Although her catalog of albums numbers just seven (not including two compilations of her work), Brenda Russell's artistry has made her one of the most enduring singer-songwriters in contemporary music. 1988's "Piano In The Dark" may have been her biggest mainstream hit record but ever since "So Good, So Right," the lead single from her still-classic solo debut album hit the airwaves in 1979, Brenda Russell has enjoyed the loyal support of discerning record buyers the world over.
While there have been gaps between the release of those seven albums, each one has been greeted with acclaim and recognition from her peers within the music industry, from the media and from the audience she has nurtured since that self-titled A&M/Horizon album was released. Prior to her solo album's arrival, the Brooklyn-born, Toronto-raised artist had distinguished herself with two recordings made with then-husband Brian Russell under the name "Brian And Brenda" for Elton John's Rocket Records. Neither "Word Called Love" nor "Supersonic Lover" were major best-sellers even though one single "That's All Right Too" did manage to make it to the R&B Top 100 in 1978.
Following the couple's divorce, Brenda launched her own career and working with Rufus drummer Andre Fischer, she crafted a wonderful first record that had critics raving. Two singles jumped off that self-titled set , the afore-mentioned "So Good, So Right" (a Top 20 R&B and Top 30 pop hit) and "Way Back When"; a follow-up album that Brenda and producer Fischer created was rejected by A&M so her official sophomore solo record, "Love Life" was produced by Stewart Levine (known for his work with The Crusaders and B.B. King among others).
When that second A&M album failed to make as much impact as its predecessor, Brenda found herself seeking a new recording home. "I came to be with Warner Brothers because of Tommy LiPuma," recalled Brenda in a 2002 phone interview. "He had originally signed me to Horizon. When he went over to Warner Brothers as head of A&R, he was willing to sign me to the label..."
And, although it was destined to be one of her most under-promoted projects, the resultant Warner Brothers' one and only set TWO EYES has often been considered by Russell aficionados as one of her best recordings.
The mystique surrounding the LP, originally released in 1983, is easy to comprehend. Aside from receiving little exposure, TWO EYES contains some of Brenda's finest work. Cast by producer LiPuma in a delicious musical setting with the very cream of Los Angeles musicians, the nine-song album features five solo Russell compositions and four notable collaborations; recording sessions were done at two L.A. studios, Sounds Labs and Sunset Sound, with Grammy Award-winner Al Schmitt, responsible for recording and mixing. Brenda says working with LiPuma was "heaven. I was very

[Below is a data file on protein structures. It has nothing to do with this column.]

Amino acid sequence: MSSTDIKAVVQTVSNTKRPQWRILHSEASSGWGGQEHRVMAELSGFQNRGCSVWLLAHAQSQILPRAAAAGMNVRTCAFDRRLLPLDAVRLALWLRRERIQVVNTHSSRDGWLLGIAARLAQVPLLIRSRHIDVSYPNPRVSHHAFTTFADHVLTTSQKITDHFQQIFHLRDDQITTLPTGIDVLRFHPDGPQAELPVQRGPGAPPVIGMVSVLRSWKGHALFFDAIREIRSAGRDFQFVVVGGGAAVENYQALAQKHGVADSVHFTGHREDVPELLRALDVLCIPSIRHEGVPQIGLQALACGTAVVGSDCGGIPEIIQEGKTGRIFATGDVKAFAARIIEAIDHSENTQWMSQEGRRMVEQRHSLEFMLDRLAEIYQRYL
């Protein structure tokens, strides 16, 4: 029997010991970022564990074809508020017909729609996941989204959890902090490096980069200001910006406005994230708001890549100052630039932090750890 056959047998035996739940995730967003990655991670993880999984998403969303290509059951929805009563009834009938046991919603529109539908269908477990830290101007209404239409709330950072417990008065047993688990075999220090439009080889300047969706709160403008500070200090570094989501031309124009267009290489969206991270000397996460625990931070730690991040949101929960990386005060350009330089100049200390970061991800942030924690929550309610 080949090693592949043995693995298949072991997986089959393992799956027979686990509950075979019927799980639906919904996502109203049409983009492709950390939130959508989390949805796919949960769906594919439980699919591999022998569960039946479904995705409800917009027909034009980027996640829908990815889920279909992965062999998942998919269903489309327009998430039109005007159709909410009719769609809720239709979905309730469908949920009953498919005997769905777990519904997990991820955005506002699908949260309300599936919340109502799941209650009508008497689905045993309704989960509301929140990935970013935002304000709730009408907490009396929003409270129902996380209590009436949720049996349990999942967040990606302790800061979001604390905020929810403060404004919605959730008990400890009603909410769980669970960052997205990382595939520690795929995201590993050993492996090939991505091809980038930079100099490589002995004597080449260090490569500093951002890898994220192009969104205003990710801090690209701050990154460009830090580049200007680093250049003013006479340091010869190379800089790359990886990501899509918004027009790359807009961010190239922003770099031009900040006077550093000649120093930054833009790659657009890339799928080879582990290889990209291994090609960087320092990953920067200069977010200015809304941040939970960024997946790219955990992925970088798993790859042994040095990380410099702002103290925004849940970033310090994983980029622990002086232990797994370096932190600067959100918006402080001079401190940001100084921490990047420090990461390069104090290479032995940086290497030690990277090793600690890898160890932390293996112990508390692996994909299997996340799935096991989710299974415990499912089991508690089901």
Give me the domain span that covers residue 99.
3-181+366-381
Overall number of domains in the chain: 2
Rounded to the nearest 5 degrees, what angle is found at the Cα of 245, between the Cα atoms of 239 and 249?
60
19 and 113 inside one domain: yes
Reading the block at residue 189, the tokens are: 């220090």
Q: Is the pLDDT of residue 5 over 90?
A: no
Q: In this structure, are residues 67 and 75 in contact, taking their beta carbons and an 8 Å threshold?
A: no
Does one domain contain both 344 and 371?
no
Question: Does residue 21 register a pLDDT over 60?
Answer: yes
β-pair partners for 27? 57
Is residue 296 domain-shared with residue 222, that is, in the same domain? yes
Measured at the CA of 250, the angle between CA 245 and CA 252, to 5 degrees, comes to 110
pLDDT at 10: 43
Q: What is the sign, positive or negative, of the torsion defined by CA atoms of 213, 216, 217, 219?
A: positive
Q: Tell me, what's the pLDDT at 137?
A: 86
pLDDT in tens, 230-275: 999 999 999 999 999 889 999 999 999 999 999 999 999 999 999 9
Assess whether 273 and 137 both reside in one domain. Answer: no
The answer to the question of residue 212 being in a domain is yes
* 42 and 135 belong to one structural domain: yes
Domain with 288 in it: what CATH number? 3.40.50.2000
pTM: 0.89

honored to be working with him because I was such a huge fan and he had worked with a lot of brilliant and wonderful artists." Prior to the TWO EYES sessions, LiPuma's production credits had included sessions with Michael Franks, Al Jarreau, George Benson, Joao Gilberto and Dave Mason.
Even though she went through "extreme depression" after completing the album, "almost like the post-partum that women have after giving birth," Brenda was "real happy" with the final product. "It's typical for me to go through that after I make a record. All of a sudden everything sounds horrendous...you know, just a little bit of trauma!" After living with it for a while, Brenda concedes that she considered TWO EYES "a very good record." While executives at Warner Brothers may have felt the same way, the album virtually disappeared within months, with hardly any promotion and very little airplay.
Ironically, it was the album's release that led to an all-important next chapter in Brenda's career: "Apparently, there was a Swedish television show that was trying to book me. Well, I guess Warners knew they were going to drop me from the label so they never sent the message. Someone â€˜backdoor-ed' the message and I was invited to come and play in Stockholm...and life was never the same!" In 1984, Brenda began an almost four-month tenure in Sweden, writing and recording tracks which eventually ended up as the foundation for her "Get Here" album. It was upon her return to the U.S. that she hooked back up with A&M Records where she cut the rest of the "Get Here" album. That record not only garnered Brenda a major hit with "Piano In The Dark" but by virtue of a cover of the title track by Oleta Adams, Brenda was assured of even greater acclaim and recognition for her prolific skill as a master tunesmith.
Since then, she has recorded three albums, the most recent of which is the 2000 release "Paris Rain." The summer of 2002 finds her working on the Broadway musical version of "The Color Purple" with songwriter Allee Willis (whose credits include tunes recorded by Earth, Wind & Fire, Jennifer Holliday, Patti Labelle and Bette Midler among others) and drummer Stephen Bray (known in particular for his work with Madonna).
Contributed by David Nathan